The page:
In the state of Florida, there are around 200 crisis pregnancy centers (CPCs) and only about 30 Planned Parenthood clinics, according to Planned Parenthood Regional Organizer Annie Rosenblum. The former consists of mostly faith-based, non-profit organizations that offer care, counseling and resources to pregnant women. According to the American Medical Association (AMA) Journal of Ethics, CPCs act without any regulation that requires them to be medically accurate in their advice or to even have medical training.
“We envision a new reality where every person making a pregnancy decision is empowered to choose life for their child,” Care Net, one of the largest networks of CPCs in North America, states on their website. One of the CPCs central goals is to intercept people who are considering abortion and convince them to carry their pregnancy to term.
“They’ll strategically try to open their doors near a health care provider that offers a full range of reproductive healthcare options,” Rosenblum said. “There are volunteers from the crisis pregnancy center who protest our health center right next door on Tuesdays during our abortion service days and their main goal is to dissuade folks from entering Planned Parenthood.”
As the current administration appears to align heavily with conservative stances against abortion, crisis pregnancy centers are on the rise and will not likely be regulated by law any time soon. In the case of Florida and 14 other states, they are receiving state funding.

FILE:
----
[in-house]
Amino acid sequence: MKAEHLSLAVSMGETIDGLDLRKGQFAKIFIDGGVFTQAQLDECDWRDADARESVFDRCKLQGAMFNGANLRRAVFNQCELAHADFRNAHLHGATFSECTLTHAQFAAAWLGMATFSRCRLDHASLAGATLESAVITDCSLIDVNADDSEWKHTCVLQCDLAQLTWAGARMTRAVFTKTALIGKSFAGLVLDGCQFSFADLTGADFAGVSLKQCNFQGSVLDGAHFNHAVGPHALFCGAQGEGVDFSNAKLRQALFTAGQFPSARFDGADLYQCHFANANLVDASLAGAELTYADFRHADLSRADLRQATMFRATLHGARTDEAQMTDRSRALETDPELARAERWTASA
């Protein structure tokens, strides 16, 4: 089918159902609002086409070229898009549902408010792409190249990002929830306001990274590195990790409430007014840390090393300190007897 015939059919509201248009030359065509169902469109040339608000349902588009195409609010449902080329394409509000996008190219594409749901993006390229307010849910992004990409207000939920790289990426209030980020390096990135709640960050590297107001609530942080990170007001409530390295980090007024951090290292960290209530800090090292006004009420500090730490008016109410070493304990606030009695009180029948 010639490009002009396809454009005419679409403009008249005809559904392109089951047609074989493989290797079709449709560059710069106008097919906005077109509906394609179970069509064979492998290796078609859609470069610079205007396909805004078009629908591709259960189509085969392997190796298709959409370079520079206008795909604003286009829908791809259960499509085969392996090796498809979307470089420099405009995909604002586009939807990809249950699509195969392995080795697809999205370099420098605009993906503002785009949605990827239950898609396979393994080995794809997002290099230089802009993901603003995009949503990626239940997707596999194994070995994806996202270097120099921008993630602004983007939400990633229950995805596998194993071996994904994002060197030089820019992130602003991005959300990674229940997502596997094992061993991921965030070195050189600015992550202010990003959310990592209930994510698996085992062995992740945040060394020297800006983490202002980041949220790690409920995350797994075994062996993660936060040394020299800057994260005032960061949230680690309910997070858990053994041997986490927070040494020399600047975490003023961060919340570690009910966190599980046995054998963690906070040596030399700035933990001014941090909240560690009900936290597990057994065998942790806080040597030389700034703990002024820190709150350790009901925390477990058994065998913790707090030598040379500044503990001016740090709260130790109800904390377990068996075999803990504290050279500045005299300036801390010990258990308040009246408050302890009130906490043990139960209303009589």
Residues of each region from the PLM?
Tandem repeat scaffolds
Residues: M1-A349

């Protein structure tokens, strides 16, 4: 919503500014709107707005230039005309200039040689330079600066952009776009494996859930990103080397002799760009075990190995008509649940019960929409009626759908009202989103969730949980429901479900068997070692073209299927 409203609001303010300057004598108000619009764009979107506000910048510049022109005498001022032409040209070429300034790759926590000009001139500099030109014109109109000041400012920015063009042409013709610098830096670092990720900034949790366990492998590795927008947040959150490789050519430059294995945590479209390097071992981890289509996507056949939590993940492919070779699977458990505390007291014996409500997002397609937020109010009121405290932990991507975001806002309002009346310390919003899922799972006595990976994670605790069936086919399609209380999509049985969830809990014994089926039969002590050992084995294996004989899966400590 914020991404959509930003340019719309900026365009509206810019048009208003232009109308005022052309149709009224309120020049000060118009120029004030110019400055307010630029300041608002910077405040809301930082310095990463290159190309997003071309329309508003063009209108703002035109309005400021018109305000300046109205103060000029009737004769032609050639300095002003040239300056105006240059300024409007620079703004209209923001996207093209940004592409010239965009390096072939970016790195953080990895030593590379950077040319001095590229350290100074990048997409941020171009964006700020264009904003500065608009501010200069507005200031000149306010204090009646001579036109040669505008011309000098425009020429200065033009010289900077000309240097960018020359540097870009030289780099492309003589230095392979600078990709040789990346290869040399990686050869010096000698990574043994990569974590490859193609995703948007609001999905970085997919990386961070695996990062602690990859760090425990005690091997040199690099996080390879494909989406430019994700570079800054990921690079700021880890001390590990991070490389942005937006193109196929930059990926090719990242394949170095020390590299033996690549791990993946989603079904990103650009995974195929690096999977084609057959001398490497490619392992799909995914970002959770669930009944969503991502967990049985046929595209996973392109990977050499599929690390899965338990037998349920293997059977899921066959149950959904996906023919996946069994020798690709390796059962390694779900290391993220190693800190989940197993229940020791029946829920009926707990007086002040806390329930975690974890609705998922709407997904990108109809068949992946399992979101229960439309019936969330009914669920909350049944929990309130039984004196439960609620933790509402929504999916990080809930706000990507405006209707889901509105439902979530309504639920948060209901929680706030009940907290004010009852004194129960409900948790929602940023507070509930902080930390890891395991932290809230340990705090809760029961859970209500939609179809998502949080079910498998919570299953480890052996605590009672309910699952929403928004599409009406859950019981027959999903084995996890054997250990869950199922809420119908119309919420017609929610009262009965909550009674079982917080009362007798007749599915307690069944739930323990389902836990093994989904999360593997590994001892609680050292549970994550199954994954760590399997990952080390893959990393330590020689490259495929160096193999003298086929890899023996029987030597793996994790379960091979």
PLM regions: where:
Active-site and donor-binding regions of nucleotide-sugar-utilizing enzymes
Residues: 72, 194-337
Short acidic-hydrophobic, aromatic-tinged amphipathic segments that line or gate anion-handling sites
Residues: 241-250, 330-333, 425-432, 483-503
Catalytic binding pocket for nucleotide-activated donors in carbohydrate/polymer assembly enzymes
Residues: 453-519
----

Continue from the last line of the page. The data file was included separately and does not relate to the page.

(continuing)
In March 2018, Justine Griffin reported for the Tampa Bay Times that Governor Rick Scott signed a bill into law that would allow for permanent state funding of “pregnancy support centers,” meaning that CPCs will no longer only receive funding on an annual contractual basis. Griffin also said in the article that the Florida Pregnancy Care Network, a pro-life coalition, has received $21 million in state funding since 2007 and $4 million in this fiscal year alone.
With this funding, money from donors and, in some cases, money from churches, CPCs are usually stocked with maternity clothes, food and diapers, among other supplies for prenatal and infant care.
Rather than providing medical care on site, CPCs refer clients to actual physicians or gynecologists and emphasize the importance of education and emotional support during and, in some cases, after pregnancy.
“I once called a crisis pregnancy center and asked what kind of options they provide for an abortion and who I could call. They said they didn’t know anyone in the area,” Rosenblum said. “They didn’t have any leads for me. They provide misleading information because there are abortion providers in [the Sarasota area] that I could go to.”
CPCs exhibit a pattern of targeting underserved communities, specifically women of color. According to a 2013 report put out by the National Women’s Law Center (NWLC), Care Net launched an Urban Initiative to reach “underserved and over-aborted women.”
While the centers can be a useful option for low-income people who wish to carry their pregnancy to term and need support, they often fail to provide unbiased guidance and information for those who may still be considering abortion.
“What they [CPCs] provide is judgmental counseling, as opposed to fully informed and honest comprehensive reproductive health care services which places like Planned Parenthood offer,” Rosenblum said.
A standard narrative of CPCs, including local centers such as My Choice and Sarasota Medical Pregnancy Center, represents abortion as a panic-driven, initial reaction to unplanned or “crisis” pregnancies. Abortion is also often treated as the result of external pressure from societal norms.